Observing a friend experiencing BPD crisis, as this person loses the tender cord he created to keep him steady, I found myself looking into a mirror of my own past behaviours. I was scared of him, which in turn made me scared of myself for how can I not empathize in a space I am so well versed in? I was remorseful; this was the first time I saw BPD from a healthy space. I grieved for having been the person to do this to my family and friends, which nearly put me on the pendulum of being a bad person for having this illness to begin with.

And I was grateful. I am grateful for this mental illness. No person can question the integrity of someone who makes iron out of thin air. I can say now, with conviction that I know who I am. There is no medication to cure Borderline Personality Disorder. It takes honesty, therapy, mindfulness, time, support and very difficult, painful self-work. I know that invisible identity line connecting me to this earth in the most intimate way imaginable because I had to fight. I survived the dark night of the soul.

I have travelled the globe, bare feet along scorching hot desert sand. I have mindfully traversed this planet called my psyche until I found my home. Home is one’s true identity, and like an archaeologist discovering the Holy Grail, I found what I believe in and rehearse it as a mantra to remind myself that I have a personal law I can swing back to when life pushes me over:

What is Necessary
What is Honest
What is Kind.

As I carefully validated the experiences my friend disclosed, I forgave myself. It was a necessary journey I needed to take in order to find my identity line.

What more could I discover? There was more, and it was even more startling, courageous, and terrifying to see…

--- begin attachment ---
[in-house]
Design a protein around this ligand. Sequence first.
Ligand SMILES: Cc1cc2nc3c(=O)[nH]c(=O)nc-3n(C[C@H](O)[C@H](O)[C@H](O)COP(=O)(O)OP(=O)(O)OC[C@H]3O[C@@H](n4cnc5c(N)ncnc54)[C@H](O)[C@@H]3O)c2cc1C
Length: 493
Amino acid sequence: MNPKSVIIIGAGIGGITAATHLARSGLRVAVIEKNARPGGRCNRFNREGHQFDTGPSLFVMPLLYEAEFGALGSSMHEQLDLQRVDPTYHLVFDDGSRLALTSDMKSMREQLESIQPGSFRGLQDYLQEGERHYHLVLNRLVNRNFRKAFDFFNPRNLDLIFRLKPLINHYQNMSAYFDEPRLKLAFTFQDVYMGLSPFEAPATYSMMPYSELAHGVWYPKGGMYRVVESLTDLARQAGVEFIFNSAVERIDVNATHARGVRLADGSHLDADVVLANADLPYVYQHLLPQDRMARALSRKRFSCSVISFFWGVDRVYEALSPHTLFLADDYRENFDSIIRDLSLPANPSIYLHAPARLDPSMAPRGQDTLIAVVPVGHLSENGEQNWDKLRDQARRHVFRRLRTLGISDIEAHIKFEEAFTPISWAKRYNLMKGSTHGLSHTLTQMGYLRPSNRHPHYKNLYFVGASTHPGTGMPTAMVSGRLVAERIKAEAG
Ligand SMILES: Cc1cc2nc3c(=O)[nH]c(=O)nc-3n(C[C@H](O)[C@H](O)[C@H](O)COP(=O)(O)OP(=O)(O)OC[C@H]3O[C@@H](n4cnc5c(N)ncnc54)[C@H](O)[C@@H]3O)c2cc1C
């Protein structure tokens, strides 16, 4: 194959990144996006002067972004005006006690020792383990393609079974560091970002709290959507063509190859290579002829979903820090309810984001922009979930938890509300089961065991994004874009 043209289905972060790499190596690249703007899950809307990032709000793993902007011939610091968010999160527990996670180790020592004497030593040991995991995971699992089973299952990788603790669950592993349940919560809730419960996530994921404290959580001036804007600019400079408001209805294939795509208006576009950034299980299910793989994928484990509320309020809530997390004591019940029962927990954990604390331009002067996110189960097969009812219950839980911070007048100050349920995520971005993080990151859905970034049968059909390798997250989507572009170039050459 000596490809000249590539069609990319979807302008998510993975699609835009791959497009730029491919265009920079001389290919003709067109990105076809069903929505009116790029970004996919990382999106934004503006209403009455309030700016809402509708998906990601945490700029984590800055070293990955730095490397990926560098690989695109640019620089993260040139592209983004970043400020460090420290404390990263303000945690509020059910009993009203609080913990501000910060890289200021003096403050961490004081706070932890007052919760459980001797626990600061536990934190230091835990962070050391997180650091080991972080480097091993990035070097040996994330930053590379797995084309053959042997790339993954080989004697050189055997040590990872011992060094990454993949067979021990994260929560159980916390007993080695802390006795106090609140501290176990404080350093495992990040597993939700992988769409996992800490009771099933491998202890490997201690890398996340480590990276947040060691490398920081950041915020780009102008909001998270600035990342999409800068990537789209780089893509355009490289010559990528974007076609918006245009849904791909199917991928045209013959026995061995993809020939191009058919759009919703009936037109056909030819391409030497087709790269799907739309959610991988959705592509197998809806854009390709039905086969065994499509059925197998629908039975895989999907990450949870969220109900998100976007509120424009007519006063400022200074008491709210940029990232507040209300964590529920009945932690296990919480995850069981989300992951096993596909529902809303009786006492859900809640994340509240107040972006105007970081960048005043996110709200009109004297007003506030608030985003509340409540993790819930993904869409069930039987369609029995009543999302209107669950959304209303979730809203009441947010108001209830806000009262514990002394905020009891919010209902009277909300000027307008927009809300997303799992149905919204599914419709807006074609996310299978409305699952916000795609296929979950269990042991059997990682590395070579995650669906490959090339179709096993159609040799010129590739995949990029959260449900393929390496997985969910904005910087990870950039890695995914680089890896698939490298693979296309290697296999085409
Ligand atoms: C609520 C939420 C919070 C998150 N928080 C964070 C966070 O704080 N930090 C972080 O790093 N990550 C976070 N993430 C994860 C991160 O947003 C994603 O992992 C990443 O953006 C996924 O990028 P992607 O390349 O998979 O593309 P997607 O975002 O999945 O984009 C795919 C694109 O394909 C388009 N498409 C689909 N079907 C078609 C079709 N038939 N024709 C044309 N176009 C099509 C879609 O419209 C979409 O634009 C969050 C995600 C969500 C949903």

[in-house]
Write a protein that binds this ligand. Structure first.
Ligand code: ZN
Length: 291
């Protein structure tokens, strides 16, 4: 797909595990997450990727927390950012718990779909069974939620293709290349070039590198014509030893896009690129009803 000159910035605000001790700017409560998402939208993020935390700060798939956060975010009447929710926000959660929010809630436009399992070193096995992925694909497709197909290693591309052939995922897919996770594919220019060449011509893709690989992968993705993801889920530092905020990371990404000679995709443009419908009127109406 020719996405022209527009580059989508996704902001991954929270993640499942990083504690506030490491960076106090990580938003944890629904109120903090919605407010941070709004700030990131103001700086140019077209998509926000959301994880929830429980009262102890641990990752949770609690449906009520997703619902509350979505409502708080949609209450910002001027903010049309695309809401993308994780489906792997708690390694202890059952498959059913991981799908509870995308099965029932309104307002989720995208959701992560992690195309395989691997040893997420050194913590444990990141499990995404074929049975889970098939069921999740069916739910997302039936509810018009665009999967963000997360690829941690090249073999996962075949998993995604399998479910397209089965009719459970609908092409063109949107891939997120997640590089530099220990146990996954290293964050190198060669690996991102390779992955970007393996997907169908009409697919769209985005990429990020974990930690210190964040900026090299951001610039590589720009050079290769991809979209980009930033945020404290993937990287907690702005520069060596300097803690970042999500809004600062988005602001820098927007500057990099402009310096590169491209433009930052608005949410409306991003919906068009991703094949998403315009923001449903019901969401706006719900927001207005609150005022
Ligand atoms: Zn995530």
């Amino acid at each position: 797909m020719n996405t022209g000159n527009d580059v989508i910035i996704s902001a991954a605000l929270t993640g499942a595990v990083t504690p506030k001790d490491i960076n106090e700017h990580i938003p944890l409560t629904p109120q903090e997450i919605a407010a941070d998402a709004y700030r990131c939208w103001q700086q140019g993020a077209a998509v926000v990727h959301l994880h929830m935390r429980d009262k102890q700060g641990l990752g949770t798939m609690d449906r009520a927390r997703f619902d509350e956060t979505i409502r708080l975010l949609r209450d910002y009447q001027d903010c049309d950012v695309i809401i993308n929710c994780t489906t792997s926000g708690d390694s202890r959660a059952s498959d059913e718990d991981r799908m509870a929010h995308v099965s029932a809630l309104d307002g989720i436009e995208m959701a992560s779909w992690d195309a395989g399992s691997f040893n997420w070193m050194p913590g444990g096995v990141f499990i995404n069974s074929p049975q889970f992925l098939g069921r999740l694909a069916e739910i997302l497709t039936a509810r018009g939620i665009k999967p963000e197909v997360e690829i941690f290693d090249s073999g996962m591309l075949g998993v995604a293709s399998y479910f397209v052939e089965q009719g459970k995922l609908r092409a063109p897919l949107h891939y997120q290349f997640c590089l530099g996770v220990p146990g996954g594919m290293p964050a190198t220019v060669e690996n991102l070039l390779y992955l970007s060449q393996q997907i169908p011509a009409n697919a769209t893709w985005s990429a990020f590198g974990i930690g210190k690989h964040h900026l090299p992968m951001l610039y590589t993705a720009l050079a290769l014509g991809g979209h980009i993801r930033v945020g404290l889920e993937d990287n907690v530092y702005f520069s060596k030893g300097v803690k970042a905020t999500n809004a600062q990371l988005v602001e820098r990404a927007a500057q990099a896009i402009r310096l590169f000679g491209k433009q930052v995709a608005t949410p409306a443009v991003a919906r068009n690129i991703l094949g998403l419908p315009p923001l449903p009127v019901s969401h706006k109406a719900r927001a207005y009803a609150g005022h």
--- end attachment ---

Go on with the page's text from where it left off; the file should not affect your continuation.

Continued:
I am the same person I was when it began. I changed only in ways that help me live as a better person, in accordance with the values that make me who I am, who I was to begin with. The people who support me know this; and simply walk along beside me, waiting for me to discover what they already know. I am the same person I came to this earth as, the person I was before trauma tested me; only now I have the gift of conviction.

How to Care for Mental Illness Over the Holidays

Tenderly, I hold my own heart in my own hands. It is safe to do this now, my hands are not going to hurt me and I am secure in this changing, unstable world. Especially now; because I am brave enough to hold my own heart in my hands.

Trauma is such a personal experience, but if I were to define one particular truth about trauma, it is that when trauma occurs the heart must close in on itself like a flower in the night. As delicate as a flower, and then ironclad in its resolve to survive, the heart develops a poisonous, steely defensive mechanism. Survival mode causes the heart to slowly die from within as it refuses to open even though the sun continues to rise. The heart, without the sun, lives in a darkness that cannot receive kindness any more than it can pass it on.

This is the reason recovery cannot begin until you are able to touch your own heart, with compassion. The ability to be compassionate with oneself begins not with trying to touch your own heart because someone told you to do it, rather it begins with security. A homeless heart will not recover unless it finds a home.

Holidays have begun, and those of us filled with gratitude and spirit want to extend love out to the world. Let’s fill the world with peace and happiness, singing carols and spreading delight. While it is fulfilling to think that sharing spirit with those whose hearts are closed may miraculously open their hearts once again, the reality is when your heart is homeless, any light shined in is blinding. This blindness makes one who is suffering from trauma feel threatened, not loved, and in my own case (as I cannot speak for everyone) I became more isolated, and more likely triggered. This is the first holiday in six years I am able to participate in the spirit of giving.

So how can we give to those who might not be willing to receive? What I needed was to feel secure, to feel safe. The people who truly supported me were the people who validated my experiences, my perceptions and my emotions just as I was experiencing them. The people I trusted, were NOT the people who: gave me a bible, ear-marked with life changing quotes; told me what I “should” or “should not” do in response to what I had to say; or used guilt by reminding me that I have children, I must be “selfish” to be thinking like this.